Images of Asia proliferate polygamously — Mughal India, Tokugawa Japan,
and Chinese restaurant chic, tumbled randomly together. The text, of course,
mentions Armenia. Visual indigestion, if you’re culturally aware. But to
Handel and his audiences, specifics didn’t matter. Radamisto is a
morality tale which transcends time and place.
Tiridate (Ryan McKinny) lusts for Zenobia (Christine Rice) who’s happily
married to Radamisto (Lawrence Zazza). To win her he’ll drop his wife
Polissena (Sophie Bevan) and usurp Farasmane’s kingdom (Henry Waddington).
But Zenobia’s having nothing of it. She’d rather die than be unfaithful.
Subplots and complications (they’re all family, for example) are decorative
embellishments. The basic message is surprisingly simple: love overcomes
This fundamental chastity pervades the whole opera. Structurally, it’s
very tight. In neat succession, set piece arias follow one another, allowing
each singer to display his or her vocal virtuosity.Simplicity of form, allowing
inventive elaboration without blurring the basic line. Much like the set
designs. Despite being floridly over the top, these designs are much more
minimal than appear at first.
Christine Rice as Zenobia and Lawrence Zazzo as Radamisto
Lawrence Zazzo’s Radamisto is superb. His tessitura isn’t forced but
flows well, carefully modulated and well-judged, important in a role which
stresses integrity. The extended rhapsody on honour is particularly striking,
decorations extending each word, yet flowing naturally, without affectation.
You marvel at the inventiveness, but also meditate on meaning. Honour does
matter, Radamisto keeps saying as he and Zenobia amply demonstrate. These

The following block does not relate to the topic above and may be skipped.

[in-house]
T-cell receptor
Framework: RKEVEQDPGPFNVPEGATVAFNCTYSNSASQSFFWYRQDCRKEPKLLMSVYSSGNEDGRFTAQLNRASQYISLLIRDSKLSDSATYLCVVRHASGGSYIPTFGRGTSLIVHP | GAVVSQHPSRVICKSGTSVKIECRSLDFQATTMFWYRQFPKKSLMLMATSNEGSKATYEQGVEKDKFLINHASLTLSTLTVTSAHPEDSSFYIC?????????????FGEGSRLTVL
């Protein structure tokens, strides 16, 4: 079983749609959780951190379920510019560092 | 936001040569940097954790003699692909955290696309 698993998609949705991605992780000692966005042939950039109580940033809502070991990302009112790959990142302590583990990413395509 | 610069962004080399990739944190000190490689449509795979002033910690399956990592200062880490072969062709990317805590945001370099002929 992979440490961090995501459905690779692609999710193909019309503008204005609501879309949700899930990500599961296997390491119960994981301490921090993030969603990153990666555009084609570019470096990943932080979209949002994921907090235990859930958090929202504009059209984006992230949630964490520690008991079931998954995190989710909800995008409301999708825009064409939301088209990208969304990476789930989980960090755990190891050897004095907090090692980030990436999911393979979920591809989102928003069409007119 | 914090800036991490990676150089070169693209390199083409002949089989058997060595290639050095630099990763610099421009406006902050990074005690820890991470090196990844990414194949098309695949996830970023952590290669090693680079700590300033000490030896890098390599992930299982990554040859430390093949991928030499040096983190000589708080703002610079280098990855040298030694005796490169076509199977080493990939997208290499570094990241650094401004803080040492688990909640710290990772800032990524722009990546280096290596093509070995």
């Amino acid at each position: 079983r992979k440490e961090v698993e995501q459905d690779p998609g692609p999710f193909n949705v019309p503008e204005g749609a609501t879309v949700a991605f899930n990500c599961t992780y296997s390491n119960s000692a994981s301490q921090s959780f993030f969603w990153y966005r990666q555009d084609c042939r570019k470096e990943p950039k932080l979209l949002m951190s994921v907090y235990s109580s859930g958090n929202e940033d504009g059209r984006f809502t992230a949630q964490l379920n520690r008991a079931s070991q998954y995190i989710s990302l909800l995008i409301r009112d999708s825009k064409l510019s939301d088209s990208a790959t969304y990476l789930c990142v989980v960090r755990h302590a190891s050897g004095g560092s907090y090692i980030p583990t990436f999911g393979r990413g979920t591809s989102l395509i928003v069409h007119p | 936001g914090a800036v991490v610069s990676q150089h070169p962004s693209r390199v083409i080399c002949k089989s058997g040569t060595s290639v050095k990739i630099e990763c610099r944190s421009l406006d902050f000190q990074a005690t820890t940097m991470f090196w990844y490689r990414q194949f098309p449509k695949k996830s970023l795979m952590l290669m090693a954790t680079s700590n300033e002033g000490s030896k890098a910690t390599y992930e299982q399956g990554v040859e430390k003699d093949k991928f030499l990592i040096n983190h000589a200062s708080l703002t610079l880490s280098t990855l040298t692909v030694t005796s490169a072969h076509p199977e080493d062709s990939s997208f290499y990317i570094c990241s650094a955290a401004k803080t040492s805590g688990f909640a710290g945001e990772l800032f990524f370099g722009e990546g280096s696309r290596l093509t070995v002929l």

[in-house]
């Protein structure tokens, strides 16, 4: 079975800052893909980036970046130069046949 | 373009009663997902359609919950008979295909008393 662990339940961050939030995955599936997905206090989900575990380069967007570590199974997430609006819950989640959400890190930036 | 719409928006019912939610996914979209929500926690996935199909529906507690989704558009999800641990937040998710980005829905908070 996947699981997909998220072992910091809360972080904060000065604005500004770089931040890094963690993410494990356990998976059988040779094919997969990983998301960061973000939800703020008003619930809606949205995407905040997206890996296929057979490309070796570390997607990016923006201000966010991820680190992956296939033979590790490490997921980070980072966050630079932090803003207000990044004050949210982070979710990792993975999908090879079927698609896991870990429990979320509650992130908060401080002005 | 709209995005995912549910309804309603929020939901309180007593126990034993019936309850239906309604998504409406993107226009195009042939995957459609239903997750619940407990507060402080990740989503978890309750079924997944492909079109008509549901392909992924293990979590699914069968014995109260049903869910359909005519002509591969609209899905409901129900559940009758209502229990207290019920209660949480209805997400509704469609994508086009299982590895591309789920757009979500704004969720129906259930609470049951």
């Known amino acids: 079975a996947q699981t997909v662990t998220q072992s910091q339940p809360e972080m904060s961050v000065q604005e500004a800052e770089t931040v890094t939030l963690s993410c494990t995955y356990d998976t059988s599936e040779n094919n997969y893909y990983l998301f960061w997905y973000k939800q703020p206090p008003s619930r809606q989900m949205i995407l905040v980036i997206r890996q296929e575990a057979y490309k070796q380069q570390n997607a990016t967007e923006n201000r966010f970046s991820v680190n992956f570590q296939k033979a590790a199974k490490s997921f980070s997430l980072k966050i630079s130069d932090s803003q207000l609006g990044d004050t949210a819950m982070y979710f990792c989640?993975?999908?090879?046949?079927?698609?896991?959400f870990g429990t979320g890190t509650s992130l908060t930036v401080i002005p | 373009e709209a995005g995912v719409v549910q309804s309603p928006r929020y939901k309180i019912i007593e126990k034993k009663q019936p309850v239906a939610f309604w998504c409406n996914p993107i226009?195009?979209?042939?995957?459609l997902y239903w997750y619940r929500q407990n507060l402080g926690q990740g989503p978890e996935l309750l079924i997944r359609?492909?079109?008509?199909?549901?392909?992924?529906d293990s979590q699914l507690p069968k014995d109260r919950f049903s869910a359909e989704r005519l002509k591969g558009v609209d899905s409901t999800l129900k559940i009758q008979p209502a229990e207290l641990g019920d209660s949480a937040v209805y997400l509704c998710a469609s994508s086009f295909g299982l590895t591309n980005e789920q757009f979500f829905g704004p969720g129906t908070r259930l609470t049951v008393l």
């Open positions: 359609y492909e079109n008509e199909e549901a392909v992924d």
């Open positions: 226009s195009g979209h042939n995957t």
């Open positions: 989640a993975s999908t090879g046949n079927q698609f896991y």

aren’t just “words”, dwelling on them serves a moral as well as artistic
The contrast between Radamisto and Tiridate is enhanced counterbalancing
Zazzo’s countertenor with Ryan McKinny’s bass-baritone. In baroque, low
voices often signify villains, but McKinny doesn’t overdo the inherent power
in his voice. Instead he relies on subtle expression, using agile legato. In
any case, refinement enhances the role. Tiridate holds a sword poised to kill
Radamisto, but the long, lyrical elaboration deflects the menace, Reality, in
Handel, is deeper than it seems on the surface.
Christine Rice is exquisitely dignified and gracious. In Carmen,
she seemed inhibited, and even as Ariadne in Birtwistle’s The
Minotaur she didn’t access the kinkier aspects of the role. As Zenobia,
however, she’s ideal. Her patrician reserve perfectly fits the role, so she
can create Zenobia’s compelling beauty with her voice. Sophie Bevan’s
Polissena and Henry Waddington’s Farasmane impressed too. Ailish Tynan’s
Tigrane reached notes higher than might be expected.
Scene from Radamisto
So what was my biggest misgiving about this production? David Alden depicts
Tigrane as a grotesque, a camp cross between Sidney Greenstreet and King
Farouk, but for no conceivable purpose. Is he trying to inject comic humour?
Perhaps it works in a grubby sort of way but it jars with the noble import of
this opera. The whole point, for Handel, was to edify. The idea of morality
trouncing tyranny was inherently racy in a time when absolute monarchy still
held sway. Besides, Tigrane is arguably a hero since it’s he who selflessly
resolves matters. This portrayal is misogynistic and homophobic, completely
pointless. Admittedly it was part of the 2008 Santa Fe premiere but it’s
still deeply offensive and should be dropped.
What Alden lacks in sensitivity, Laurence Cummings made up for with the
orchestra, who played with brio under his direction.
image_description=Ryan McKinny Tiridate and Sophie Bevan as Polissena [Photo by Clive Barda courtesy of English National Opera]
product_title=George Frederick Handel: Radamisto
product_by=Radamisto: Lawrence Zazzo; Zenobia: Christine Rice; Tiridate: Ryan McKinny; Polissena: Sophie Bevan; Farasmane: Henry Waddington; Tigrane: Ailish Tynan. Lawrence Cummings: conductor. Orchestra of the English National Opera. David Alden; Director; Gideon Davey: Designer. Rick Fisher: Lighting. English National Opera, the Coliseum, London. 7th October 2010.
product_id=Above: Ryan McKinny Tiridate and Sophie Bevan as Polissena
All photos by Clive Barda courtesy of English National Opera